This was sent to an acquaintance of mine and forwarded to me for
This message had no confidential statement attached, so one assumes that
it's open and can be distributed to the recipient wanted to.
I hear actually on the Radio this morning that TelstraClear is off to
the Commerce Commission.
It will be good to track the outcome of that..
-------- Forwarded Message --------
From: Phillippa Fox <Phillippa.Fox(a)parliament.govt.nz>
Date: Thu, 4 Nov 2004 09:37:53 +1300
Dear Jo Smith
Thank you for your email of 17 September 2004 regarding the roll-out of
Telecom's unbundled bitstream service (UBS). In particular, your concerns
relate to the delay of the provision of this service to the market.
In addressing this issue it is important to distinguish between the
regulated UBS and the Telecom's commercial UBS.
Access to a regulated UBS and corresponding backhaul service to be provided
by Telecom was passed into law on 2 September 2004. Under the
Telecommunications Act 2001, an Internet Service Provider (ISP) is entitled
to apply to the Commerce Commission for a determination of the price and
terms and conditions of an Internet grade UBS (with a minimum downstream
speed of 256 Kbps) where the applicant is unable to commercially negotiate
a satisfactory arrangement. As of today no ISP has applied to the
Commission for such a determination.
Alongside the regulated UBS, Telecom has on its own initiative offered a
commercial UBS to market. The delays to which you refer are in relation to
this voluntarily-provided service. The terms of Telecom's commercial UBS
are available from Telecom.
I understand that Telecom's commercial UBS promised by September has been
delayed. Telecom says this is due to a "technical problem" which may take
six months to resolve. Given ISPs have invested in marketing products
dependent on this service, in the expectation that Telecom would deliver to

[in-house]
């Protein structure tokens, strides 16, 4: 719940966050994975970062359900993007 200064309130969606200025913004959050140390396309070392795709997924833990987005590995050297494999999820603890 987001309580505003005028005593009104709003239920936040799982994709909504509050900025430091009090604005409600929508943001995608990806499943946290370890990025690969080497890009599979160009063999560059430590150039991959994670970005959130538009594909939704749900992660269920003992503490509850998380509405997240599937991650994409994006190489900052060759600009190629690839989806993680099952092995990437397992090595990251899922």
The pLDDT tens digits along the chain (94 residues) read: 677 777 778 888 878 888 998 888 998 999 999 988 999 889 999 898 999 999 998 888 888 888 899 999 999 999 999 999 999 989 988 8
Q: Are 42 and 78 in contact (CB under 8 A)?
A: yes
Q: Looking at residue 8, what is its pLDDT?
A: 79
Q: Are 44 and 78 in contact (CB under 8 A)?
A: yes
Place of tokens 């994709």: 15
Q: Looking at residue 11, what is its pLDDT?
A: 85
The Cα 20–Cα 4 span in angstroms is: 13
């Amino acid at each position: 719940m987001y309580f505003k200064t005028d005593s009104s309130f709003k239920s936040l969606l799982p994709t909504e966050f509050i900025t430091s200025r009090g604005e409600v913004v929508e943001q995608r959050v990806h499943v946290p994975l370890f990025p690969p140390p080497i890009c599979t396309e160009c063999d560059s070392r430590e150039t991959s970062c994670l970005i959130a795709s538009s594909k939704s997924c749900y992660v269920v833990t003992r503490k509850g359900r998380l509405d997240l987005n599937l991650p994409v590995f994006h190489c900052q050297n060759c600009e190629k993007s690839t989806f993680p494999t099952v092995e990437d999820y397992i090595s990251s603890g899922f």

its announced timeframe, I am concerned about the very short notice Telecom
provided to these ISPs of the delay. However, I reiterate, this relates to
Telecom's commercial UBS and not the regulated UBS. If an ISP cannot
satisfactorily negotiate a commercial UBS, they should apply to the
Commission for a determination to provide access to the regulated UBS.
You also expressed concern that Telecom is able to advertise its commercial
products while Telecom is not providing the service "it has been ordered"
to provide and that Telecom is forcing customers into six month contracts
preventing them from moving to other cheaper providers. As I explain
above, Telecom is not under a legal obligation to provide the service that
has been delayed. However, I encourage ISPs to apply for the regulated
service if they are not satisfied with the commercial UBS offer. In regard
to fixed term offers it is recommended consumers consider the range of
offerings in the marketplace before committing to a specific fixed term.
Given experiences to date under the Telecommunications Act 2001, I consider
that there is potential to make improvements for the more timely
achievement of the Act's objective ? the promotion of competition for the
long term benefit of end users of telecommunications services. On October
11 2004 I announced a review of the Telecommunications Act 2001. Amongst
other things, the review will look at improving the speed of resolution of
key terms and conditions for supply of regulated services, including
monitoring and enforcement issues, and improving the certainty and speed of
processes for adding or altering regulated services. I intend to release a
discussion paper in November for comment from interested parties.
Hon Paul Swain
Minister of Communications
Chris Hodgetts <chris(a)archnetnz.com>
Suppose a Bad Person (living in NZ) were to use an open proxy (located
in NZ) belonging to a Silly Person (also living in NZ) to do Bad Things
(eg leeching international bandwidth, posting nastygrams, etc).
Am I right in thinking this would fall under recent amendments to the
If so, I might be making a few calls tomorrow.
Now that is very cool.
A complete presentation including PP slides sync'ed to the speaker.
From: Richard Naylor [mailto:email@example.com]
Sent: Thursday, 4 November 2004 10:50 a.m.
Subject: [nznog] High Class Webcasting
If you want to see some high class webcasting check out
Look at how it does the ppt and video together. Very impressive.
Network impact minimal Slides are jpegs and video is 128k MS stuff.
it on topic)
price is eye-watering
NZNOG mailing list
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